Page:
- WebGateway Ver 7.3.2 & 7.4.0
- Mode Op: Proxy
- Ruleset: PCI
We are trying to block credit card numbers as per PCI Compliant so we are using the PCI Classification Template on a ruleset that should prevent from leaving our internal network via "Posting them" or "Uploading them inside a file", we have performed the following tests:
- Posting on a forum a credit card number - NOT BLOCKING.
- Uploading a txt file with a credit card number inside - NOT BLOCKING.
- Uploading a txt file with a credit card number and appending the words "CREDIT CARD" - BLOCKED.
As far i understand the DLP Functionality should analize and block any information related to credit card when we use the PCI Template so....... is it true or not?? Do i'm missing something ??
DLP on the Web Gateway is kind of a black box. We know what rules there are, but we don't get any visibility into how the rules work.
I see two credit card number classifications in the default PCI checks for DLP; (A)Credit Card Number Violations and (B)Bulk Credit Card Number Violations. While we are not able to see exactly how these work, based on past experience I would go with the following:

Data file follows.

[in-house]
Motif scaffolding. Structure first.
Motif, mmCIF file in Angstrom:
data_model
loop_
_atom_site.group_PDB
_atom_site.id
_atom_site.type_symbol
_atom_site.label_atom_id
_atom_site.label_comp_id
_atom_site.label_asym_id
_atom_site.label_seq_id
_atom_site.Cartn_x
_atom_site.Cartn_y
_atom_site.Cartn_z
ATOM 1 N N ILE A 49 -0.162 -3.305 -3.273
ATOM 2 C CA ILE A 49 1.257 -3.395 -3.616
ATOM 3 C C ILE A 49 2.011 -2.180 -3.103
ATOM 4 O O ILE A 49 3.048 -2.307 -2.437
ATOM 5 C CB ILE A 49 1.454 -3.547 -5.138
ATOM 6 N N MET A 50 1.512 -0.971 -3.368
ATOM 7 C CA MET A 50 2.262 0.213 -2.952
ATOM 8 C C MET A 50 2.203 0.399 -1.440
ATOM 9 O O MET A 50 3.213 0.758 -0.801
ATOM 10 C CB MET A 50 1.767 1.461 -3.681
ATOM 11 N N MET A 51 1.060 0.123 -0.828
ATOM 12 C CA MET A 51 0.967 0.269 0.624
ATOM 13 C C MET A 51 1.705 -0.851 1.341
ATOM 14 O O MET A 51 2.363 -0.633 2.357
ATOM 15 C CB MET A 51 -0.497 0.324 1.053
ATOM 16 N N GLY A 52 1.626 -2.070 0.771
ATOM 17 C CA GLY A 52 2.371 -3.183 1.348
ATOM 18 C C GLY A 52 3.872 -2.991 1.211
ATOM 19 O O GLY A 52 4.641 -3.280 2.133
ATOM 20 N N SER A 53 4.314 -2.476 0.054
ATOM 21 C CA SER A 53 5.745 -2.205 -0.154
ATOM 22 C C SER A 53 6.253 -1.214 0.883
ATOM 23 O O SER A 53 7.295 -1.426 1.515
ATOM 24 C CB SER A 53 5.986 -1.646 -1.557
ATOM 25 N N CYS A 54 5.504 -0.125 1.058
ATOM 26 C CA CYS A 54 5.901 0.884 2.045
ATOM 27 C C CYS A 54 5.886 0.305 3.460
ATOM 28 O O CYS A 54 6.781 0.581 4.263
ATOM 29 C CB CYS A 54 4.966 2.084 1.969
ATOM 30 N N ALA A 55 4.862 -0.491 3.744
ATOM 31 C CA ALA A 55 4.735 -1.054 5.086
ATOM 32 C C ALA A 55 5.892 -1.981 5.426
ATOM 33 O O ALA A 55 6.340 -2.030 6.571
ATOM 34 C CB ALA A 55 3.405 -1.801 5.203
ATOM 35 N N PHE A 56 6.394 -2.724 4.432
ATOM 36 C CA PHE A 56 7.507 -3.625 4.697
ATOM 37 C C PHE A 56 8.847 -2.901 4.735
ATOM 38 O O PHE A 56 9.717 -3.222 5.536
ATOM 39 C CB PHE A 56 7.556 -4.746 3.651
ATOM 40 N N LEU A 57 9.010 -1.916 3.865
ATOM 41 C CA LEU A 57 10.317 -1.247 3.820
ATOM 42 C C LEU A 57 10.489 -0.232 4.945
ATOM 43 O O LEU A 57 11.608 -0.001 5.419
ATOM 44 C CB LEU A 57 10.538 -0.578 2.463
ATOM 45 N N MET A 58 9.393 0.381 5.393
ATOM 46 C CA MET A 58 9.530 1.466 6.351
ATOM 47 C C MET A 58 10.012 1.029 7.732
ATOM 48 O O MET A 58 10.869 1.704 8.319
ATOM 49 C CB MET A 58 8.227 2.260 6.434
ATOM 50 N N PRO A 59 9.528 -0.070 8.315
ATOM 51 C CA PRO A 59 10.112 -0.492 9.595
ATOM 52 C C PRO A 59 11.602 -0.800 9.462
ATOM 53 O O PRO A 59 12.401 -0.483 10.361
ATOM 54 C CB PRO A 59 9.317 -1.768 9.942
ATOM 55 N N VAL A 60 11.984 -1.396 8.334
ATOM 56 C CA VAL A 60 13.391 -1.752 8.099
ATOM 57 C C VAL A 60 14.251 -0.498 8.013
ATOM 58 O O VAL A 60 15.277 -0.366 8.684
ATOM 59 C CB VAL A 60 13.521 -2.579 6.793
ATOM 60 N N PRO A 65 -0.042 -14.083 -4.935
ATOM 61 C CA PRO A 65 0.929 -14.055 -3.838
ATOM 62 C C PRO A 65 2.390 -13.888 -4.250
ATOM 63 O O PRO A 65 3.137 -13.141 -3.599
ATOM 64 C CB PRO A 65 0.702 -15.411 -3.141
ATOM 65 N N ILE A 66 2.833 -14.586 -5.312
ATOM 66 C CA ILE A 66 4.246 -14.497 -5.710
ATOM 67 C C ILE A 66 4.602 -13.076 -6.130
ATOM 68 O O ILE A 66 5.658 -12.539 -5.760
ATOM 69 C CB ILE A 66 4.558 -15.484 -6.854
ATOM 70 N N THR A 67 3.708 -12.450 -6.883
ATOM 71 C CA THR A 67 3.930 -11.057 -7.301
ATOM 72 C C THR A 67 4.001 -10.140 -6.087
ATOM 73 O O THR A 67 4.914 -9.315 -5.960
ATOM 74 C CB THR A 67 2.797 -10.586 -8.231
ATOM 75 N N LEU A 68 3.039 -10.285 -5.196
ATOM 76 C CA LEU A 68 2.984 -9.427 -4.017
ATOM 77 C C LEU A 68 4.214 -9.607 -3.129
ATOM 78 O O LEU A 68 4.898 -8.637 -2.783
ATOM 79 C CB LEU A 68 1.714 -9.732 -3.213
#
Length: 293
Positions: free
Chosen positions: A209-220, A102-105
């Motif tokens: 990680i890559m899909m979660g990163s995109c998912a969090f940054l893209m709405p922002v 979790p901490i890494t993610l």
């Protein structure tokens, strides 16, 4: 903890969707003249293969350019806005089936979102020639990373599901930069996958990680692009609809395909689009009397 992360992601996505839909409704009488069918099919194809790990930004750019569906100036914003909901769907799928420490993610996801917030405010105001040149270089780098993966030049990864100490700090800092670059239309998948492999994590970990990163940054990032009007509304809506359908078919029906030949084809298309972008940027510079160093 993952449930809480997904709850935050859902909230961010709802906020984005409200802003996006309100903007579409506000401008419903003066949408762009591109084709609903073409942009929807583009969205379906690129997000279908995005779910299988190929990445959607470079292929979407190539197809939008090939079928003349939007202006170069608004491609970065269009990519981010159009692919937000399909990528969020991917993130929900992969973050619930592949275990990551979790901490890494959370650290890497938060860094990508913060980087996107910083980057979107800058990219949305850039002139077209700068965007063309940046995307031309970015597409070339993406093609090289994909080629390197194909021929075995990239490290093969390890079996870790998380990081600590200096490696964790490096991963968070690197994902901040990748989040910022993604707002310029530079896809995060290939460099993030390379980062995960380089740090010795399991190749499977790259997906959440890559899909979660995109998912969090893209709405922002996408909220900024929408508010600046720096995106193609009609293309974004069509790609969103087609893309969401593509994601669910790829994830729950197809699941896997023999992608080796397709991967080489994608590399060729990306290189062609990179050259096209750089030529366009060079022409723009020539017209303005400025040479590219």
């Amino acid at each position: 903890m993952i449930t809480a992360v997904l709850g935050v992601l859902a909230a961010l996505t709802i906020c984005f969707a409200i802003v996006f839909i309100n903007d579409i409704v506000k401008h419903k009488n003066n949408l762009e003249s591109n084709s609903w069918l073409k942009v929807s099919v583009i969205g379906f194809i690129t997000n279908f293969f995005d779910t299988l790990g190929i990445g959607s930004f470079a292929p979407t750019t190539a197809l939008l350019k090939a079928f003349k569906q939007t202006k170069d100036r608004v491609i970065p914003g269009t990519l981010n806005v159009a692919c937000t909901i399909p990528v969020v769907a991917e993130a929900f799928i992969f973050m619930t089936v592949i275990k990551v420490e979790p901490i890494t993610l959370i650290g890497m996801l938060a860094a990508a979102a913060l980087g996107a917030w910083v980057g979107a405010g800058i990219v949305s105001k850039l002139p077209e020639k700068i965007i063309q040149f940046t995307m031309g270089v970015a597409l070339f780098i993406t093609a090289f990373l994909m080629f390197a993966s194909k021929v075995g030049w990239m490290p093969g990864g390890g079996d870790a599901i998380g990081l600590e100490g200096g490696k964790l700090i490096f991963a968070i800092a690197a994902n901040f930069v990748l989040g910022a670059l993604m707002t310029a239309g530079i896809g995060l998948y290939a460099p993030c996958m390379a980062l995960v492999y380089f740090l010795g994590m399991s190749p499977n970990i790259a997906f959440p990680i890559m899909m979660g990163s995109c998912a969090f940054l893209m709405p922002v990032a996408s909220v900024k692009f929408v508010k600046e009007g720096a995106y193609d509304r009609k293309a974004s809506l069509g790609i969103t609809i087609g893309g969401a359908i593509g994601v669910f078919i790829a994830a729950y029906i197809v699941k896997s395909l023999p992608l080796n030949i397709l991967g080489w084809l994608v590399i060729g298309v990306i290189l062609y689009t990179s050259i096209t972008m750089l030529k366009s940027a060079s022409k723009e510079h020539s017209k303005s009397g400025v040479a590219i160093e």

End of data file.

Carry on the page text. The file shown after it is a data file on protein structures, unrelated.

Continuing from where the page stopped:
(A) Looks for credit card numbers that match a Luhn check, but also have a proximity to certain keywords (such as "credit card") to reduce false positives.
(B) Looks for credit card numbers that match a Luhn check, without the proximity check, but requires there be more than a certain large number number of them.
The Network DLP (Prevent) system allows you to see and adjust the policies as you need, so we can get an example of what the values may be. (A) has a proximity requirement for the keywords of 500 bytes. (B) still has the proximity (now within 2500 bytes), and requires that there be at least 100 matching numbers. There is nothing to say that these match up exactly, but I know that they use similar engines to do the work, and would assume therefore similar rules.
Support or sales may have more insight into how exactly the built-in DLP classifications work, but if you want to tune things or have better control your best bet is to use a NDLP product. That would also give you the option of seeing what items have triggered and properly review them.
I haven't set it up *only* for credit card numbers, usually I have several policies that we are interested in. That beind said, yes, I have been able to block a variety of things.
If I wanted a policy to block the numbers without the keyword proximity check, that would be very easy to set up, but generally not advised. There would be a lot of false positives.